TALLAHASSEE – Despite impassioned critics from both parties, the Florida Legislature passed a plan Wednesday to green-light higher speed limits on some interstates.
The controversial bill passed in the House by a one-vote, 58-56 margin, and now heads to Gov. Rick Scott, who has not indicated whether he will sign it.
Although the bill would allow the Department of Transportation to study the safety of increasing speed limits up to 75 mph on some Florida interstates, critics argued do so would increase the body counts on roadways.
“I have had to scrape people off the road. I have had to stand by the caskets,” said Rep. Dennis Baxley, an Ocala Republican who has worked 43 years as a mortician. “I’m a speeder. I can’t vote for this bill.”
But defenders said since roadways and vehicles were designed to travel at higher rates of speed – and drivers frequently flaunt the 70-mph limits now – drivers were more at risk when some people were driving at much slower and faster relative rates of speed.
“If today we have roads designed to handle 90- to 100-mph traffic and vehicles that can travel safely at higher rates of speed … the fact is you are endangering those drivers” by mandating lower limits, said House sponsor Matthew Caldwell, R-Lehigh Acres.
Sixteen other states have raised speed limits beyond 70 mph, but Florida would join Maine as the only state east of the Mississippi River to do so.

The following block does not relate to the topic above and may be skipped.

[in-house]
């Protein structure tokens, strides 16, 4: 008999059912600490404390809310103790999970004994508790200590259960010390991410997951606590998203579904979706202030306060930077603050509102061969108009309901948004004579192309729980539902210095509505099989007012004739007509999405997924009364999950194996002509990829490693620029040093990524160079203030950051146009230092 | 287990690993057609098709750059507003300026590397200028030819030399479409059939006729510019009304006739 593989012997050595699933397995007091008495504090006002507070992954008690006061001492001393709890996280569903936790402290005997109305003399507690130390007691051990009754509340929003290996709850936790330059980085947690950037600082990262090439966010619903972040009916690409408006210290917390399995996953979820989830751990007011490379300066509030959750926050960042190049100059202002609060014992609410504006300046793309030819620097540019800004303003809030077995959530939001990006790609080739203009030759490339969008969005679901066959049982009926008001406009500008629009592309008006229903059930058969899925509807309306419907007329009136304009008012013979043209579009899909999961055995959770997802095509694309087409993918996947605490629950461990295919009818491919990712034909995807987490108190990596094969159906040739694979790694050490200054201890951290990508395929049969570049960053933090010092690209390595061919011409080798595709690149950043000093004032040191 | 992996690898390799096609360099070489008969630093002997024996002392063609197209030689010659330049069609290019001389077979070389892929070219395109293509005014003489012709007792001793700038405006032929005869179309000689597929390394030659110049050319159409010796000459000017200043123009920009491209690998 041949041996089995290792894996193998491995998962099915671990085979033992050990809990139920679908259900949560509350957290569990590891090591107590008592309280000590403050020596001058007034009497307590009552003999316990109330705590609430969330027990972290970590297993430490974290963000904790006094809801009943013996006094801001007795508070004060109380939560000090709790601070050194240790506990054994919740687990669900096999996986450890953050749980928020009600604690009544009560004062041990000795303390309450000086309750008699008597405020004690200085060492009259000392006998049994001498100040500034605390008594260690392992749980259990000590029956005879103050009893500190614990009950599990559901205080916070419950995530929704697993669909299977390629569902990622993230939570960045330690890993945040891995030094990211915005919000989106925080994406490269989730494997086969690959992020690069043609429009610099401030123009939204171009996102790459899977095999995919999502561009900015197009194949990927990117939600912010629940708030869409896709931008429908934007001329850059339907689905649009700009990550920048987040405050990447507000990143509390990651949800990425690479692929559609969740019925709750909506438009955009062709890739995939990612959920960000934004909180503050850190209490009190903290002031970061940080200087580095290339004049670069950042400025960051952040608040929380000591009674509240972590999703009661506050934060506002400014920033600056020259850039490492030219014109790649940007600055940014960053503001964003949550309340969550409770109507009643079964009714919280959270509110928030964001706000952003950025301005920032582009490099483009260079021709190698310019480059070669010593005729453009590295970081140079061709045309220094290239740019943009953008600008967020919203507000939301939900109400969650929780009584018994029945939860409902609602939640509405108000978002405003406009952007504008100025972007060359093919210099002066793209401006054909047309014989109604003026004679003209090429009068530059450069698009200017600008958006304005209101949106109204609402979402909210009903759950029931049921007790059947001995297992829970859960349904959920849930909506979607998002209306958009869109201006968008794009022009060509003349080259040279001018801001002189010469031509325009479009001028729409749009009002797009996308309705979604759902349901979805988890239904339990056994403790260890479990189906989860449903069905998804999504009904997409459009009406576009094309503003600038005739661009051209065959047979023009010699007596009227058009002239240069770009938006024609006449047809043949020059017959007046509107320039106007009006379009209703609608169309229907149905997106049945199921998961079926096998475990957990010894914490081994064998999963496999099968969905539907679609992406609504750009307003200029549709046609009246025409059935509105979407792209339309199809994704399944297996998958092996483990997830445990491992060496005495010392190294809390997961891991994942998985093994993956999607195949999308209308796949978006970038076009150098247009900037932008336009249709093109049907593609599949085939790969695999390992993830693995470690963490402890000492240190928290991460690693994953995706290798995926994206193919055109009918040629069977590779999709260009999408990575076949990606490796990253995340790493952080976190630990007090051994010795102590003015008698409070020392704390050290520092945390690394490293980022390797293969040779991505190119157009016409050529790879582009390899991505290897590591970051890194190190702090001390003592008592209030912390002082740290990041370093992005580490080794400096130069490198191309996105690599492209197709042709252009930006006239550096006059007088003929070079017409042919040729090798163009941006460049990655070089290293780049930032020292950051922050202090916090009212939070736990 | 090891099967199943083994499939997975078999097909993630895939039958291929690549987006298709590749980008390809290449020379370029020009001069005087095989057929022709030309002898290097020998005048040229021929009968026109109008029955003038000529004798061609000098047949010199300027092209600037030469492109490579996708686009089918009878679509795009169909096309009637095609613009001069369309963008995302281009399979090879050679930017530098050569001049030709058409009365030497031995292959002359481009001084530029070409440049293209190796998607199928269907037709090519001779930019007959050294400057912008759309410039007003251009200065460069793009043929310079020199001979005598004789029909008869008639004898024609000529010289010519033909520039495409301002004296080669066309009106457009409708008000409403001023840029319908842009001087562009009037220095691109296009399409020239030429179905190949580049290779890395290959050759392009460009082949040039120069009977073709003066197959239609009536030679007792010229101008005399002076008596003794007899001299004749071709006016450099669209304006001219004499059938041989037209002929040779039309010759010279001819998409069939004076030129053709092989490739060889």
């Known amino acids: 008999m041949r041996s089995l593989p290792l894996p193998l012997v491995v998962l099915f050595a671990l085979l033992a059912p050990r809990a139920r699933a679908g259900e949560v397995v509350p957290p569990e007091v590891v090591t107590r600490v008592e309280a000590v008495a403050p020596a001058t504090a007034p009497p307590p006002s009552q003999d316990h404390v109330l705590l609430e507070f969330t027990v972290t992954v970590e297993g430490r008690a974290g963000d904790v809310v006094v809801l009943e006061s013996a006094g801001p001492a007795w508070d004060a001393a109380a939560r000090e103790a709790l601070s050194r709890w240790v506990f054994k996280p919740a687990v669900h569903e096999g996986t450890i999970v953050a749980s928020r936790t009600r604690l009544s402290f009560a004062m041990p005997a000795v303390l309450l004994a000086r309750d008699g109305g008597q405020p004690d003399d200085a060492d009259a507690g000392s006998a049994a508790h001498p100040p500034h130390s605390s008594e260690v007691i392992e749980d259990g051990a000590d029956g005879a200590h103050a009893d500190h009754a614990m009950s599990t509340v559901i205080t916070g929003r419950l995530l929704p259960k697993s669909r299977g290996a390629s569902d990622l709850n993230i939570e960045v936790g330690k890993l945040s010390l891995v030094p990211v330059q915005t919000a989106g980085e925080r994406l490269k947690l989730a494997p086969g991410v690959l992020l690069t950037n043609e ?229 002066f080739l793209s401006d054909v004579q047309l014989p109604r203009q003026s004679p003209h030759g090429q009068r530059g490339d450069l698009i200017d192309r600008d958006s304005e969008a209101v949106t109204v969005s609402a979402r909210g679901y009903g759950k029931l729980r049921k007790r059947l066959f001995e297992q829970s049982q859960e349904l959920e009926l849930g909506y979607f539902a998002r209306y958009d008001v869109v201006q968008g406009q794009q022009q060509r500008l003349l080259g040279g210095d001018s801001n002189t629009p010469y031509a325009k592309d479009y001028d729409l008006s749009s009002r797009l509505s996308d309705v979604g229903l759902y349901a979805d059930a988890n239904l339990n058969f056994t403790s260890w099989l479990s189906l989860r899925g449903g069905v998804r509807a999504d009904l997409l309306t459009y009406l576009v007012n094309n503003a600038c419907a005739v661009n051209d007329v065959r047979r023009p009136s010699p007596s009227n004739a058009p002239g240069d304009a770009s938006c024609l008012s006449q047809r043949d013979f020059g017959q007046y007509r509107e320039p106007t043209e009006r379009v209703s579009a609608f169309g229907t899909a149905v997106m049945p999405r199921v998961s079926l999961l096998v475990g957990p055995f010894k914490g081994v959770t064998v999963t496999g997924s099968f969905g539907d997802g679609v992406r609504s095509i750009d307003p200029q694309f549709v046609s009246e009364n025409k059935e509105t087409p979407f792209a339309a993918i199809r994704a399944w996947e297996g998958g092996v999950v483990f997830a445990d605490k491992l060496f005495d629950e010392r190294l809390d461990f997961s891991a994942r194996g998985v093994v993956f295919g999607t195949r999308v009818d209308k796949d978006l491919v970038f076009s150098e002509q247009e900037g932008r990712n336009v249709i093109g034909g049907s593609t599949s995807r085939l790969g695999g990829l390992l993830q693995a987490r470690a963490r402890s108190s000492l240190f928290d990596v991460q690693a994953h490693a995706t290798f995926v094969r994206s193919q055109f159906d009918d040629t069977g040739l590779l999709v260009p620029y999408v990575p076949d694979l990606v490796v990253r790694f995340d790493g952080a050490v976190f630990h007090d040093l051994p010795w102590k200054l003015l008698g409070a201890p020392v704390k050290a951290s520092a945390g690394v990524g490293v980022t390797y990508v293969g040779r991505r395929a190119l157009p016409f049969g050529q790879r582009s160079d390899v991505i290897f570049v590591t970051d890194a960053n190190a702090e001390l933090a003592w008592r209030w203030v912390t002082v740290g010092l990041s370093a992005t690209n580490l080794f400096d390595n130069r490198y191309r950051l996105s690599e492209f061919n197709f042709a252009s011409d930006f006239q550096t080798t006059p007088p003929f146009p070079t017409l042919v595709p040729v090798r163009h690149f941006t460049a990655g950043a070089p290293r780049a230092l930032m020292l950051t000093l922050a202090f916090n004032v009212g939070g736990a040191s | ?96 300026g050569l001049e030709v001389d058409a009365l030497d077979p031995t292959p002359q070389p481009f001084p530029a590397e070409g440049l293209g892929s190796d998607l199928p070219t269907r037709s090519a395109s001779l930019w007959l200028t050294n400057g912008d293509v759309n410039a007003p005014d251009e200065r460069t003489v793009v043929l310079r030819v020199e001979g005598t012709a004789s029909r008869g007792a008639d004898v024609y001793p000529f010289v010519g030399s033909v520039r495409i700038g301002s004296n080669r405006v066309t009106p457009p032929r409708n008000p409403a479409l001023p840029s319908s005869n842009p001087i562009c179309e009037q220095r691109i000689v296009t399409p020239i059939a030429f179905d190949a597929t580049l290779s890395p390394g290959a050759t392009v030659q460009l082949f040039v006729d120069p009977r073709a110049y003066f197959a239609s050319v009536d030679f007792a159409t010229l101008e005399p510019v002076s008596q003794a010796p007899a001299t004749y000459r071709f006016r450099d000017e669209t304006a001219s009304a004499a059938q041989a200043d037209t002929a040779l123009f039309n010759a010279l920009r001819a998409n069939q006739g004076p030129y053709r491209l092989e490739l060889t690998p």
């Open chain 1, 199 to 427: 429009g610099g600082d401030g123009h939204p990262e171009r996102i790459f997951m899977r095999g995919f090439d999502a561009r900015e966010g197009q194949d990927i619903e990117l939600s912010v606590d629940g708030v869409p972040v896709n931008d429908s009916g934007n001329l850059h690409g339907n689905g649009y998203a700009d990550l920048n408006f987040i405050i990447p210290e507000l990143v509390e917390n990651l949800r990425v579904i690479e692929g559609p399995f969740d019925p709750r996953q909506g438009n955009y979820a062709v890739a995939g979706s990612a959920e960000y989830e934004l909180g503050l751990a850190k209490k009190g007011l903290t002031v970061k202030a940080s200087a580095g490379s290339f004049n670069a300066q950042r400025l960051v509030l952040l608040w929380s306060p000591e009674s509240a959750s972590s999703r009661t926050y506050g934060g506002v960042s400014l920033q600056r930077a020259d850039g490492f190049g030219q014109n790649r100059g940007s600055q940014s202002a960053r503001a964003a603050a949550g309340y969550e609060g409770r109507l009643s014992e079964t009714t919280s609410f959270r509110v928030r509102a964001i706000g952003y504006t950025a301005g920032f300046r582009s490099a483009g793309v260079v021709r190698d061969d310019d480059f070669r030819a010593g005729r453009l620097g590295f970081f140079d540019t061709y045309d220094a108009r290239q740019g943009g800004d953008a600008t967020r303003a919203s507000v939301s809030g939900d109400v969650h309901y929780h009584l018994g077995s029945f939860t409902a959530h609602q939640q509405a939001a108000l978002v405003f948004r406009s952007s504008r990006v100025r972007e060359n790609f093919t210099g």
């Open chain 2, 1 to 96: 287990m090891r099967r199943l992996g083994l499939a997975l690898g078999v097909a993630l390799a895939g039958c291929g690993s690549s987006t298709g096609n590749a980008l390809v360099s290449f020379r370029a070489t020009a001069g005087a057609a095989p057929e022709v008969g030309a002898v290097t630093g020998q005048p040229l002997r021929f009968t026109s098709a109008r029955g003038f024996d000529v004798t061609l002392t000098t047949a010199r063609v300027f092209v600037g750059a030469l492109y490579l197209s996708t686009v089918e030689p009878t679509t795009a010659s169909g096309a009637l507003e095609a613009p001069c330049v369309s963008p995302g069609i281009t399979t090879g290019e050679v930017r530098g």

The boost to 75 mph would apply to stretches of four-lane Interstate highways with current maximum speeds of 70 mph. That could include portions of Interstates 4, 75 and 95, and parts of Florida's Turnpike.
The bill has attracted a bipartisan coalition of critics in both the House and Senate.
“I do not believe we need this legacy,” said Rep. Charles Van Zant, R-Keystone Heights.
Rep. Irv Slosberg, a Boca Raton Democrat whose daughter, Dori, was killed in a car wreck, said voters weren’t clamoring for higher speed limits and the move would lead to more fatalities.
“No one wants to get that call late at night,” he said. “I got the call. One of the reasons she died was because of speed.”
Divided highways with at least four lanes in sparsely populated rural areas could have speed limits boosted from 65 mph to 70 mph, including Alligator Alley, which carries Interstate 75 through the Everglades. The bill also would increase minimum speeds.
AAA, the auto organization, has lobbied against the bill and law enforcement groups also oppose it.
“None of my people in law enforcement want this bill to pass. They know the dangers out there,” said Rep. Ray Pilon, a Sarasota Republican and retired police officer.
Supporters said SB 392 would require DOT to increase speed limits only after determining safe minimum and maximum speed limits.
Increased limits would adjust speeds to what most motorists already are driving and accommodate the ever-increasing number of vehicles on the state’s roadways, the sponsors have said.
Florida's highways have had a 70 mph maximum since 1996, the last time the speed limit was reviewed.